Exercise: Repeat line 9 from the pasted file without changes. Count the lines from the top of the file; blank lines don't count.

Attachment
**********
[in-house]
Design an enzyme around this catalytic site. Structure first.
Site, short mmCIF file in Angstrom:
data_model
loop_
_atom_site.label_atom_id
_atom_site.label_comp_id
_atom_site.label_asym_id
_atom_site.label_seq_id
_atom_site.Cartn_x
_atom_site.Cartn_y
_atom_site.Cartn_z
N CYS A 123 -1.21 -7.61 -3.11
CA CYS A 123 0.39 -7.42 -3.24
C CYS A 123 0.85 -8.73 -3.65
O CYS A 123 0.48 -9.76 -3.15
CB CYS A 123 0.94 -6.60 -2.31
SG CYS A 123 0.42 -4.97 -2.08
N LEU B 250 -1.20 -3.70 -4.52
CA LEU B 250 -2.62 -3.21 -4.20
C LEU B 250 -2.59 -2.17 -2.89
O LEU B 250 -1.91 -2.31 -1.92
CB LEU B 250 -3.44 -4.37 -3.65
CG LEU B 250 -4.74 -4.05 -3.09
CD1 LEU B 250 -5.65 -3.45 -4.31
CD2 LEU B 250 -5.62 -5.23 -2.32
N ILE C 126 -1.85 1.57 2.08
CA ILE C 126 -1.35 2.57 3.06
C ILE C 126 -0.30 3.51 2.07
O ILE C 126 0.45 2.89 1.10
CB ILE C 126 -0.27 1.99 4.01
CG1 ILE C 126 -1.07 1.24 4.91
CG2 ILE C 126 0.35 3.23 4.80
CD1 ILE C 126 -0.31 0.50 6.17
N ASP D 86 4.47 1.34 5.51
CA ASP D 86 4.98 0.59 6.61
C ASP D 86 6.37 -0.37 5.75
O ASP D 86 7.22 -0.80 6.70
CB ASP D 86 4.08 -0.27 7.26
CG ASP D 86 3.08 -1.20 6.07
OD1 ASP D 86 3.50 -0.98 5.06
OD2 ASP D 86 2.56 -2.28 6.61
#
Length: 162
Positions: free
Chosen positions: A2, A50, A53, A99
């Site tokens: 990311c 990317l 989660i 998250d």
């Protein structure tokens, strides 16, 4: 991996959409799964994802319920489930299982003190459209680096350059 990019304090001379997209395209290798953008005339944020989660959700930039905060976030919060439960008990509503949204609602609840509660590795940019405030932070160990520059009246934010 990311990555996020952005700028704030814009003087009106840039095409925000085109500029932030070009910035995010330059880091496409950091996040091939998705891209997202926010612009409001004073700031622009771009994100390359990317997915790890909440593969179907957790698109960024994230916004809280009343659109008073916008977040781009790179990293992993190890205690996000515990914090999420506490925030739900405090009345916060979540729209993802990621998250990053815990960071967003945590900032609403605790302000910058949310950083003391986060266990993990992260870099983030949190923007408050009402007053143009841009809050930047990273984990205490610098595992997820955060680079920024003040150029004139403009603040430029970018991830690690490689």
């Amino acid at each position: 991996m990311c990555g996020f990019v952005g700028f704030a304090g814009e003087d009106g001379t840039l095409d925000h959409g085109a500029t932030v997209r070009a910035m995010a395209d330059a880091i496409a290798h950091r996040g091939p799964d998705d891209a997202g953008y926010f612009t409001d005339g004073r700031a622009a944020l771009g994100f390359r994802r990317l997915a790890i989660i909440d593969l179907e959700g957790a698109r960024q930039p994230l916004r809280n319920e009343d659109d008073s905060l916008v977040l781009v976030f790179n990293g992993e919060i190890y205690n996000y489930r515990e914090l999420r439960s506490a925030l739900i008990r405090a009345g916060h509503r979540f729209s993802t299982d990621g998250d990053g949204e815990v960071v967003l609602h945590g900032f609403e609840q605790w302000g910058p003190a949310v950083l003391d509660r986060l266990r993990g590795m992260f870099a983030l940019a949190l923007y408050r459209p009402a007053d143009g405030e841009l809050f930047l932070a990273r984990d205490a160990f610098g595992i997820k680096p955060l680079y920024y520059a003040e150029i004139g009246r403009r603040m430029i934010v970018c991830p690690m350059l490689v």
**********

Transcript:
_atom_site.label_seq_id